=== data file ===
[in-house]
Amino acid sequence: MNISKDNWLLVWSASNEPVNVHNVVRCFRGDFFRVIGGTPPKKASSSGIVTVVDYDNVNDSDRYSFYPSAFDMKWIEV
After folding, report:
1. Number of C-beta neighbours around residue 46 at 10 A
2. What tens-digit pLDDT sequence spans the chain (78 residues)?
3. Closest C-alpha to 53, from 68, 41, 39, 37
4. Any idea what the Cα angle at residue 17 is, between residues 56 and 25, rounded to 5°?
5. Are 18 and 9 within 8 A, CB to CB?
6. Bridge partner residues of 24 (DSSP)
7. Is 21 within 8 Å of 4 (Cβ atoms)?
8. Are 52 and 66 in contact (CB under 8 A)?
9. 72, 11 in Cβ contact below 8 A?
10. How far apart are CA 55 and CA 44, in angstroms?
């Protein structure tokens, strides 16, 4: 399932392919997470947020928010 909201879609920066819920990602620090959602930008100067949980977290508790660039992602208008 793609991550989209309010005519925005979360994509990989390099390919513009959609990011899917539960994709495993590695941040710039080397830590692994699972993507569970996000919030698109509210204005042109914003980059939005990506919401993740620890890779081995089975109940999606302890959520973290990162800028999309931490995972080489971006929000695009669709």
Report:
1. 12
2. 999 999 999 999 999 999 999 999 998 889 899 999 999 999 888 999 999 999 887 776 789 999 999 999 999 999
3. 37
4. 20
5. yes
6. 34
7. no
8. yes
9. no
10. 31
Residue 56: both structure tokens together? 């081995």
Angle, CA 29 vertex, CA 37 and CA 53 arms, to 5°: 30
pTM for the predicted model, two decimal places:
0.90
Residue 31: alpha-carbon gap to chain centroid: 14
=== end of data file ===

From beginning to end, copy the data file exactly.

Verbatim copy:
[in-house]
Amino acid sequence: MNISKDNWLLVWSASNEPVNVHNVVRCFRGDFFRVIGGTPPKKASSSGIVTVVDYDNVNDSDRYSFYPSAFDMKWIEV
After folding, report:
1. Number of C-beta neighbours around residue 46 at 10 A
2. What tens-digit pLDDT sequence spans the chain (78 residues)?
3. Closest C-alpha to 53, from 68, 41, 39, 37
4. Any idea what the Cα angle at residue 17 is, between residues 56 and 25, rounded to 5°?
5. Are 18 and 9 within 8 A, CB to CB?
6. Bridge partner residues of 24 (DSSP)
7. Is 21 within 8 Å of 4 (Cβ atoms)?
8. Are 52 and 66 in contact (CB under 8 A)?
9. 72, 11 in Cβ contact below 8 A?
10. How far apart are CA 55 and CA 44, in angstroms?
């Protein structure tokens, strides 16, 4: 399932392919997470947020928010 909201879609920066819920990602620090959602930008100067949980977290508790660039992602208008 793609991550989209309010005519925005979360994509990989390099390919513009959609990011899917539960994709495993590695941040710039080397830590692994699972993507569970996000919030698109509210204005042109914003980059939005990506919401993740620890890779081995089975109940999606302890959520973290990162800028999309931490995972080489971006929000695009669709």
Report:
1. 12
2. 999 999 999 999 999 999 999 999 998 889 899 999 999 999 888 999 999 999 887 776 789 999 999 999 999 999
3. 37
4. 20
5. yes
6. 34
7. no
8. yes
9. no
10. 31
Residue 56: both structure tokens together? 């081995």
Angle, CA 29 vertex, CA 37 and CA 53 arms, to 5°: 30
pTM for the predicted model, two decimal places:
0.90
Residue 31: alpha-carbon gap to chain centroid: 14